This post was inspired by a tweet by a tweet showing an animation background by Telemon, used in a very impressive cut by Weilin Zhang. The painting effectively works as a non-flat perspective projection of the scene:
Traditional animation backgrounds are still images, so the natural inclination is to treat it as a camera shot from a fixed perspective. If it’s a static shot, this is the right approach. But a lot of animation wants to have at least a bit of camera movement. So what do we do?
By the last few hundred years of convention, drawings and paintings are projected onto a plane. the logic behind this is sort of that if you put your eye in the exact right position, the perspective drawing would line up so that each ray passes through its corresponding point in the painting. with the invention of cameras, which project images in a very similar way, we’ve taken this as the ‘natural’ way to represent a viewpoint onto a 3D world.
A rectilinear perspective projection could be defined by a viewpoint (in 3D space), a view direction (a unit vector), and a distance to the image plane. This precisely defines the image plane, allowing you to trace rays into the scene and calculate where they intersect it:
This has some nice properties: straight lines in a scene map to straight lines in the perspective plane, and parallel lines converge to a common vanishing point (unless they’re parallel to the image plane).
However, this is not actually how we look at paintings! The artist doesn’t put the painting behind a board, with a small hole to permit viewing at only the valid perspective angle. Instead, we’ve become familiar with the conventions of perspective drawing - it’s more of a symbolic framework than the mathematical exactness of the ‘illusionistic’ use of perspective would imply. For a wonderful discussion of both the maths of perspective drawing and the whole Zeeman’s paradox issue, I often refer back to this article.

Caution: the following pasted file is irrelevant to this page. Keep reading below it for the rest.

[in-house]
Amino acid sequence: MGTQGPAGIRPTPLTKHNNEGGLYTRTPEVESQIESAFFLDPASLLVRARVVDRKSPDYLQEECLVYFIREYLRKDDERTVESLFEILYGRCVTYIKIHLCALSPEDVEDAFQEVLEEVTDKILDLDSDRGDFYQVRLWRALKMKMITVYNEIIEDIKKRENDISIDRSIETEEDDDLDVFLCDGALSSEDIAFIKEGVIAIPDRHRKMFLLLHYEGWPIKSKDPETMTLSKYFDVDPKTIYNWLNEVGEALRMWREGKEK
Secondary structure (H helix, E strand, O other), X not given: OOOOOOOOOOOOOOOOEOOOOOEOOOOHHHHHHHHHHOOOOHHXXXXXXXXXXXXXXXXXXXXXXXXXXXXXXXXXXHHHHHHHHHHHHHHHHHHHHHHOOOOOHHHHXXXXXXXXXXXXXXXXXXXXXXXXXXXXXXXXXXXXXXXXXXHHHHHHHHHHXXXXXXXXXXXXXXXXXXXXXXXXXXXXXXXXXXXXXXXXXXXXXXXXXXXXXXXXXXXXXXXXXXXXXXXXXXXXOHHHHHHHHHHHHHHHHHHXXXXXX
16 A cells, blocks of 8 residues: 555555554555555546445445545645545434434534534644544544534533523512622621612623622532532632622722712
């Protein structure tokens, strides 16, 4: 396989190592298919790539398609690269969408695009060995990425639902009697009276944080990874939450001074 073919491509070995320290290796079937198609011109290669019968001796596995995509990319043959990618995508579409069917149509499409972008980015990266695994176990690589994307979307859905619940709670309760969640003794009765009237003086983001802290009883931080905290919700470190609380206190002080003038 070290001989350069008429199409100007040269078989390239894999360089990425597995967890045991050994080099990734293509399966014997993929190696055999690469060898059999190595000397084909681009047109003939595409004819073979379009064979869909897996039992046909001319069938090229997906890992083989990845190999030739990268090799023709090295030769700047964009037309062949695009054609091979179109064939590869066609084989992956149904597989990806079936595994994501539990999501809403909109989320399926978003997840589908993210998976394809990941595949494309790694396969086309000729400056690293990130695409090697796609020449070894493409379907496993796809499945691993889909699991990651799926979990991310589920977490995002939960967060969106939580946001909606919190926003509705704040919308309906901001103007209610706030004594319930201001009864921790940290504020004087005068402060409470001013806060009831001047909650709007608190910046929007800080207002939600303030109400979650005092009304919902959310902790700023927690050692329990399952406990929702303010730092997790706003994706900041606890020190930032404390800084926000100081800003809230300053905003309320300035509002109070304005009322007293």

Part of the reason it still works is that, if your eye is near to the ‘correct’ viewpoint but not exactly in the right place, distant objects will still look pretty similar in terms of shapes and sizes, so it’s pretty easy for your brain to ‘correct’ and work out the intended 3D relations in the picture. (After all, your brain is doing plenty of interpretive work already - a line drawing does not remotely resemble the actual lightfield but because visual processing involves a lot of edge detection, your brain is able to very quickly work out 3D shapes that might correspond to those lines).
In animation, though, it’s common to paint a much larger background than the camera can see in one static shot, and move the camera across it in order to represent pans and other movements. If we were being mathematically exact, we could imagine that the background is the projection of the scene onto a sphere, creating a kind of curvilinear (rather than rectilinear) perspective. In computer graphics, this is exactly the projection used by an environment map.
Here’s an example environment map from the free envmap website HDRI Haven, which is in an equirectangular projection from the sphere to a plane:
In this image, each pixel represents a different view direction. This is true in rectilinear perspective too, but this image covers the entire viewing sphere, remapped onto a plane not by a perspective projection but by a more complex mathematical procedure.
It so happens that this looks like a strangely distorted rectilinear perspective in small portions, but if you follow perspective lines, they bend around in arcs. Of course, it’s not designed to be viewed like this: instead I would set it up in Blender as an environment texture:
Once reprojected in Blender, it looks like a perfectly exact 3-point rectilinear perspective. If I rotate the camera to a different view angle, it gets reprojected slightly differently: note that the shape of the stool (for example) is slightly different at this angle.